Why Cadence Matters in Owned Media

Why Cadence Matters in Owned Media


One of the most important qualities of executing a successful owned media strategy is not (just) creativity, production, and distribution – it’s cadence.

Don’t get me wrong, other attributes are important – and well-documented – but being able to consistently release content for your audience to consume is a critical difference between performance and editorial content marketing.

Imagine visiting your favorite consumer media brand – say Morningbrew – who took the week off of producing content. Or an even sillier example, turning on NBC to watch the Today Show and finding yesterday’s re-runs airing (if anything at all). Consumer media brands take no days off, and we need to bring the same mentality into our owned media approach.

It wasn’t always this way.

But as content marketing is evolving into a more editorial strategy, a consistent publishing schedule becomes existential to the success of the media brand. Here are a few reasons why that’s the case.

1. Keeping Audience Attention is Increasingly Difficult

With traditional content marketing that’s oriented around SEO and performance, we were effectively writing content for an algorithm and not humans. Google didn’t crawl our content instantly anyway – so shipping a performance blog post just-in-time was a fine way to run the operation.

But when you’re writing content for humans, you’re officially in the attention game.

Capturing audience attention with one awesome campaign is great, but KEEPING their attention is much harder. If your one-time content was successful in capturing a subscription or social follow, there comes with it an expectation of more value delivery – the human says to the brand, “we want to hear more from you.”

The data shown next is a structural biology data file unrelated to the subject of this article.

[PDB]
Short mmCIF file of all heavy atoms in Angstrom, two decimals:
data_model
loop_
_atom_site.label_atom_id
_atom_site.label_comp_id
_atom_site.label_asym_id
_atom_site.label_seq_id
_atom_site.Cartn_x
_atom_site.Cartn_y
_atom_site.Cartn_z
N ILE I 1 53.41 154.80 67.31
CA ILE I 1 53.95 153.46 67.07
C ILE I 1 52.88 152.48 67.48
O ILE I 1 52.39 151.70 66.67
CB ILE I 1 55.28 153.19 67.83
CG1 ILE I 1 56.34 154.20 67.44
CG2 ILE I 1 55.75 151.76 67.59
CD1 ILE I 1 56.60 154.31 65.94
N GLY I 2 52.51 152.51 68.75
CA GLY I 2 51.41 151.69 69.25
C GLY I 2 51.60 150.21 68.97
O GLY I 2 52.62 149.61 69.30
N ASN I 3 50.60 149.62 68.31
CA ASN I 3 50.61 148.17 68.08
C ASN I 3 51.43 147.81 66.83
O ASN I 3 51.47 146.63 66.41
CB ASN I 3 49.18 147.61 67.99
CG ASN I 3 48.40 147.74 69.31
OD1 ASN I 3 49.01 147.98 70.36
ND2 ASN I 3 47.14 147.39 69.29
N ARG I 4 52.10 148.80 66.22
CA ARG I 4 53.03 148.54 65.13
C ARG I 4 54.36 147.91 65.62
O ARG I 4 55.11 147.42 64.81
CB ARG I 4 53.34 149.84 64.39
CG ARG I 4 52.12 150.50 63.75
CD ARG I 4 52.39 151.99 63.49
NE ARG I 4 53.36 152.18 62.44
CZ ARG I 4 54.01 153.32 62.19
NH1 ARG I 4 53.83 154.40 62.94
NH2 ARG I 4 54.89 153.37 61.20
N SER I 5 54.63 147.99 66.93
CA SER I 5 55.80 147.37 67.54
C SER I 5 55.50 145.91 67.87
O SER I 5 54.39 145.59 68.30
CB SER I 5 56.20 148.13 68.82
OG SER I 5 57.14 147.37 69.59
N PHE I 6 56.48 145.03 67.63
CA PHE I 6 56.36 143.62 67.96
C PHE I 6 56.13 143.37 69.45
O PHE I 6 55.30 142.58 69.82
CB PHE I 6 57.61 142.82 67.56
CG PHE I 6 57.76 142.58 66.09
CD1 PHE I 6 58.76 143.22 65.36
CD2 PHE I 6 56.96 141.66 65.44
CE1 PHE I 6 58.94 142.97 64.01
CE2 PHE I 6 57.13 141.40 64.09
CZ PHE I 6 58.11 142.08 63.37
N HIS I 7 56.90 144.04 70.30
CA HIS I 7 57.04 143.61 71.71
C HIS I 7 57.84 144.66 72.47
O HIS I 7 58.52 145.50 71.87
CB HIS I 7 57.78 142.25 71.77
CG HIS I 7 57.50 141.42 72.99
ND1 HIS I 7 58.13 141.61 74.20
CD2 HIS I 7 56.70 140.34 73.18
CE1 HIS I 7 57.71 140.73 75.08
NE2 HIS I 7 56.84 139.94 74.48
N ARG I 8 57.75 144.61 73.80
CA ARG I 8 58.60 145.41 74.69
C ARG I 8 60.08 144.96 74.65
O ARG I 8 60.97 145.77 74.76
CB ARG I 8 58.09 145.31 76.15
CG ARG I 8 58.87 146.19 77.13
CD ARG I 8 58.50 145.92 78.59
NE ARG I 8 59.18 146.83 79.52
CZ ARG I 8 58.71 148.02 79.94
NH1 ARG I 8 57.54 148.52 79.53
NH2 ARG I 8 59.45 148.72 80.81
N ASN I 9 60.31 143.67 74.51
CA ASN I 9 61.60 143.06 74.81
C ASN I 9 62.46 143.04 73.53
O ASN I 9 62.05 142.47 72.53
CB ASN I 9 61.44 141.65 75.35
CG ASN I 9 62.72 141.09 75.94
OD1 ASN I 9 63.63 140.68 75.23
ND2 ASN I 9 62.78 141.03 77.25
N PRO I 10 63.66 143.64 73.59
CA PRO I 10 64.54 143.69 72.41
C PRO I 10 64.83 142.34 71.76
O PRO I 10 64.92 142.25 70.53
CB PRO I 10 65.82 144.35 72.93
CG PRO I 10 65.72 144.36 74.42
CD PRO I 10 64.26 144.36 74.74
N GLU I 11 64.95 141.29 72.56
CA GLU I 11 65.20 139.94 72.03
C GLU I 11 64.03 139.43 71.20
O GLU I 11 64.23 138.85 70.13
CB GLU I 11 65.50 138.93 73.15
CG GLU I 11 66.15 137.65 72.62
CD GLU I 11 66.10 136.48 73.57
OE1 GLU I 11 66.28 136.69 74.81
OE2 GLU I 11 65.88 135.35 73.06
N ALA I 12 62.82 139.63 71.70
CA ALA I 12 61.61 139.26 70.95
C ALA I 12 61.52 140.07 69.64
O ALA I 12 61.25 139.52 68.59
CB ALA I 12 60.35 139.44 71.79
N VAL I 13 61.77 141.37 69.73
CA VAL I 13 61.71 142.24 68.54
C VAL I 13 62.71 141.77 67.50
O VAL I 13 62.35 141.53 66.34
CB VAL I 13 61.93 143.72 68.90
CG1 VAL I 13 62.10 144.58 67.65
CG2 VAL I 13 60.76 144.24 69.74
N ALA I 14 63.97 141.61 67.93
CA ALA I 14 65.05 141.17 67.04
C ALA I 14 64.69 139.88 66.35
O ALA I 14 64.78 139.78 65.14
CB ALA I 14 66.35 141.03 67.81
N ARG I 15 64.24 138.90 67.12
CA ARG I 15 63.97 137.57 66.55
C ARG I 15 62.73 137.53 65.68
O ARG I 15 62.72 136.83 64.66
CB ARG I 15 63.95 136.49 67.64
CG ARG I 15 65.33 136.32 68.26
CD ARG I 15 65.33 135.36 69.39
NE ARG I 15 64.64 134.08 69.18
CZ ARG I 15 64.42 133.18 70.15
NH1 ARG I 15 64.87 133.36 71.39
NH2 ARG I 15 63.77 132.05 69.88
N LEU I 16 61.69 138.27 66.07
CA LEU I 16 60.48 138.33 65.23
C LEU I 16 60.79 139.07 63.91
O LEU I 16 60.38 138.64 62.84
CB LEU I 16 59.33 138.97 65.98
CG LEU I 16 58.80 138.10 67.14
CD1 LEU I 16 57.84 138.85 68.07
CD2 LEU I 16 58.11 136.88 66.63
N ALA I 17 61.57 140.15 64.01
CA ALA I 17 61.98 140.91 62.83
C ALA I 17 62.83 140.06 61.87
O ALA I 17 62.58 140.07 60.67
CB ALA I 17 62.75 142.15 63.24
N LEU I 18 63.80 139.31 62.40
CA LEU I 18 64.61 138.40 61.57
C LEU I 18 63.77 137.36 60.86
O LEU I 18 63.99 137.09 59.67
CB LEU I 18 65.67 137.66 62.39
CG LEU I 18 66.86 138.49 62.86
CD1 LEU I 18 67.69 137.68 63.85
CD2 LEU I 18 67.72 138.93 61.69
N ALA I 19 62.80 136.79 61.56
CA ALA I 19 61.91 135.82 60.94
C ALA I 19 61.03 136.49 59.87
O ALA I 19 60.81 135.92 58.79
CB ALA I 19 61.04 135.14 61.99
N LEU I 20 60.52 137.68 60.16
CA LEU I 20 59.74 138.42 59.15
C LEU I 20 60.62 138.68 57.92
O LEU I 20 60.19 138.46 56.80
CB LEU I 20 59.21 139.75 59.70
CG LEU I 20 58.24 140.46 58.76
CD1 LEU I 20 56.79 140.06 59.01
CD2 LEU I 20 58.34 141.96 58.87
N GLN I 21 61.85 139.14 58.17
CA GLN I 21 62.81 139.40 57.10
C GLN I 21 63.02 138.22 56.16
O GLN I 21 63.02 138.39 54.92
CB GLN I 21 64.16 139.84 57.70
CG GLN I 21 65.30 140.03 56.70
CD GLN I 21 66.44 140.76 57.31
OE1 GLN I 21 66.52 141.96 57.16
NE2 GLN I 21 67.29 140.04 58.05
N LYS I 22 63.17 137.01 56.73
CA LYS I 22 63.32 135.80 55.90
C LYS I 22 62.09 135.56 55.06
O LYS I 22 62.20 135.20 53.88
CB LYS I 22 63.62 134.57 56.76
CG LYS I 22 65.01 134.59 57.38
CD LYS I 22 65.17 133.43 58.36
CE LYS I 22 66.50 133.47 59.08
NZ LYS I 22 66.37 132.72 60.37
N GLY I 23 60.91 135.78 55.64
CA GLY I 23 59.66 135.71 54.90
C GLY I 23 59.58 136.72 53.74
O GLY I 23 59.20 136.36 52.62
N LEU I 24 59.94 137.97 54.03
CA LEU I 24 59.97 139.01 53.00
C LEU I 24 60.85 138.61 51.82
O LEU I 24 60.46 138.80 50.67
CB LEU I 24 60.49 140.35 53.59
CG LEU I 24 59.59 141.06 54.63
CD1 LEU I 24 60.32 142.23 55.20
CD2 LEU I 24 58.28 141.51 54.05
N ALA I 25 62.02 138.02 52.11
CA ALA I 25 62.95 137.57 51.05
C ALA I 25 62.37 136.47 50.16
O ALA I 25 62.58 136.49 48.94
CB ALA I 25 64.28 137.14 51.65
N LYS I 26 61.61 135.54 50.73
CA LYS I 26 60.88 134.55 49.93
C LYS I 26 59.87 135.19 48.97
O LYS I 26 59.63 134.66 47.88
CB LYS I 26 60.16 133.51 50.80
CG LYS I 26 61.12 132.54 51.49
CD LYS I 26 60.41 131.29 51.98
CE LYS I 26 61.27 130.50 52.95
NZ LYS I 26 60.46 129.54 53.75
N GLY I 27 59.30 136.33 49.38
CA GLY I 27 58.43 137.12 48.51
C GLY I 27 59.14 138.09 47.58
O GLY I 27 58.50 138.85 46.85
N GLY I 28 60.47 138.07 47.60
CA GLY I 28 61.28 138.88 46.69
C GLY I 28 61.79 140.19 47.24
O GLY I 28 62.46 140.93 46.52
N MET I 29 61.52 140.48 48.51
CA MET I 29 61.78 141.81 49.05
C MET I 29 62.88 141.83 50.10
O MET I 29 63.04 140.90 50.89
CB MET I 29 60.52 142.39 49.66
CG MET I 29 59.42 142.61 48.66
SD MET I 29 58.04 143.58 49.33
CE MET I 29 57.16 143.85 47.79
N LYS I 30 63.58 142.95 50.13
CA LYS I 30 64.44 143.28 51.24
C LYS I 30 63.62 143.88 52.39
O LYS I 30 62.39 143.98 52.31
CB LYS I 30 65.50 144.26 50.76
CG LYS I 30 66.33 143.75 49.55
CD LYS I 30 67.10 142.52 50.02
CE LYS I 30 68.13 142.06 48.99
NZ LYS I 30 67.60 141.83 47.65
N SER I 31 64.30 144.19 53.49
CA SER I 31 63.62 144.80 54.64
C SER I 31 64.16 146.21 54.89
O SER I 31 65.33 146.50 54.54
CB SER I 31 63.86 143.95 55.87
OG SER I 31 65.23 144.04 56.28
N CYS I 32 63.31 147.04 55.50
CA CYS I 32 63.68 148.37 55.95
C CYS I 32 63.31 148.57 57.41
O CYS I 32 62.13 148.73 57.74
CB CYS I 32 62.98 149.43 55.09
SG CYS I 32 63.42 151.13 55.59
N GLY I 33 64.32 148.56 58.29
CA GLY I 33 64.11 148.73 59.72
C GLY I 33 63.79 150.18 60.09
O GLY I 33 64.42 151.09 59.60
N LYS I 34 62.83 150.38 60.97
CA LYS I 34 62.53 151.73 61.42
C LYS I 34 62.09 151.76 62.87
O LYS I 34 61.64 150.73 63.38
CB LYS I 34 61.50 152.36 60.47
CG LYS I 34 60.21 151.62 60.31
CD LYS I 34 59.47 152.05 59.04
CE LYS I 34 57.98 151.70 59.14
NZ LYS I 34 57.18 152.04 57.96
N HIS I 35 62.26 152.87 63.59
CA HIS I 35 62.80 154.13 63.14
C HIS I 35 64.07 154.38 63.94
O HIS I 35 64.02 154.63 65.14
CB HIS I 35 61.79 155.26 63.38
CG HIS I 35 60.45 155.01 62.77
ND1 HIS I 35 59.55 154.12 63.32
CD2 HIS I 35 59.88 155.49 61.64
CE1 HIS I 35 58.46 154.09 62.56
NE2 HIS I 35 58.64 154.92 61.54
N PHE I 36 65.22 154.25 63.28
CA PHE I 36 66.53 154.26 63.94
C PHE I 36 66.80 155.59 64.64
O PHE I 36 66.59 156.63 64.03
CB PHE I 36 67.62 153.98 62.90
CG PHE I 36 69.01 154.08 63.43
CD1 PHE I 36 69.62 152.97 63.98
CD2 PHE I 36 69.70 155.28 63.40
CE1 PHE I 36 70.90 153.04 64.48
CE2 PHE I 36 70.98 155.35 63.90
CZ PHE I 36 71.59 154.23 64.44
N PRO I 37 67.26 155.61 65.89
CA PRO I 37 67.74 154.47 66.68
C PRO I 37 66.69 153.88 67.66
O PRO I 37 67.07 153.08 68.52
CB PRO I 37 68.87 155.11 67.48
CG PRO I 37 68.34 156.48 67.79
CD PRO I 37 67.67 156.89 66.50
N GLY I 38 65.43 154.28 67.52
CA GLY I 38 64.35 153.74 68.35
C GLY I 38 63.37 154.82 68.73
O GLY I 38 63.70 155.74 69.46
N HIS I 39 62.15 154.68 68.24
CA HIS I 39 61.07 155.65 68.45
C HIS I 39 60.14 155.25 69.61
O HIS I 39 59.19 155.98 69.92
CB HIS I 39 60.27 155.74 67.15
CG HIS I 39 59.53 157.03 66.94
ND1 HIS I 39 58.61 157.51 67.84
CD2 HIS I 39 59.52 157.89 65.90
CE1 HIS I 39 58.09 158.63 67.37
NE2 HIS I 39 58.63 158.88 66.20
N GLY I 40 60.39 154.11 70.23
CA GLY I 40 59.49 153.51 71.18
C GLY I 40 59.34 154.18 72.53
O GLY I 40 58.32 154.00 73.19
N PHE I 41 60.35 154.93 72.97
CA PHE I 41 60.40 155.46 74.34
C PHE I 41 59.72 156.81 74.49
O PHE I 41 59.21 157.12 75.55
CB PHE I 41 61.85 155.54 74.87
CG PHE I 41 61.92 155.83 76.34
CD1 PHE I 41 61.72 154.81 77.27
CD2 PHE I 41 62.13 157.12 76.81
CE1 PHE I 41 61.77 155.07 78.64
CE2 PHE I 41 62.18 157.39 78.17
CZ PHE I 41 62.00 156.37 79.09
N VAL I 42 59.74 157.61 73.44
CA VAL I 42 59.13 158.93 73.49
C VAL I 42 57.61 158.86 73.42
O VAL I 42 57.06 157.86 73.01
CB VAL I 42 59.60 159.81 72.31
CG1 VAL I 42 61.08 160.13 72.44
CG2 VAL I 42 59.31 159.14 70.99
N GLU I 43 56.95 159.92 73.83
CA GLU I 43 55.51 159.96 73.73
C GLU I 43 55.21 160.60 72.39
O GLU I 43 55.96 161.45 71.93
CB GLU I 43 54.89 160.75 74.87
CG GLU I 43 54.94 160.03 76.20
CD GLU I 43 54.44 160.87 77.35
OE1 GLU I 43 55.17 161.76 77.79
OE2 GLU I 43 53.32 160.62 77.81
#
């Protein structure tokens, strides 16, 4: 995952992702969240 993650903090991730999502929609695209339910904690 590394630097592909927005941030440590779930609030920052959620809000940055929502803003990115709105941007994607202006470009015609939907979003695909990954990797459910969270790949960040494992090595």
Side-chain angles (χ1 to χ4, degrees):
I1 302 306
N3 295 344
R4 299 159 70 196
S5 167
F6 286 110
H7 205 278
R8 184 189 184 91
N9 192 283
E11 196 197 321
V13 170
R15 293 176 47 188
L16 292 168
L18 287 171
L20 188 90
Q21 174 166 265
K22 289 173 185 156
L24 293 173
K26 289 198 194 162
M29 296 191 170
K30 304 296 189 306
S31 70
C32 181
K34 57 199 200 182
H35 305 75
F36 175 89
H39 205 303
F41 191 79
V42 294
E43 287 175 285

When brands don’t follow through on that value exchange, bad things can happen.

2. Discoverability in Rented Channels Becomes Tougher

Late last year, Toolkits reported on a16z’s brand publishing operation Future.com that announced it would be shutting down. The article referenced consistency as one of the contributing factors to the media operations failure, saying:

“One essential ingredient is consistency. Future.com seems to have been hamstrung by a publishing schedule that never quite found its stride.

But publishing infrequently is different to publishing almost never. Future.com at one point published every few days, then narrowed again to a trickle before coming to an outright halt. The site got a decent amount of traffic, per BI, over a million in August until that dropped to less than half that by October, right around the time it appears to have ceased publishing.”

Publishing cadence is directly correlated with traffic growth – and as a result, all downstream metrics are impacted. The promise of long tail search is still relevant, but Google’s algorithms do your brand no favors when publishing grinds to a halt. Social media networks are no better as content gets buried deep within the timeline, never to be seen again.

3. Publishing Cadence is Directly Correlated to Monetization

Owned media can serve many purposes, including an emerging term called “brand publishing” that typically prioritizes awareness over monetization. But if your company is adopting owned media as a function of building, engaging, and monetizing your audience – you cannot afford to stop or slow your publishing cadence.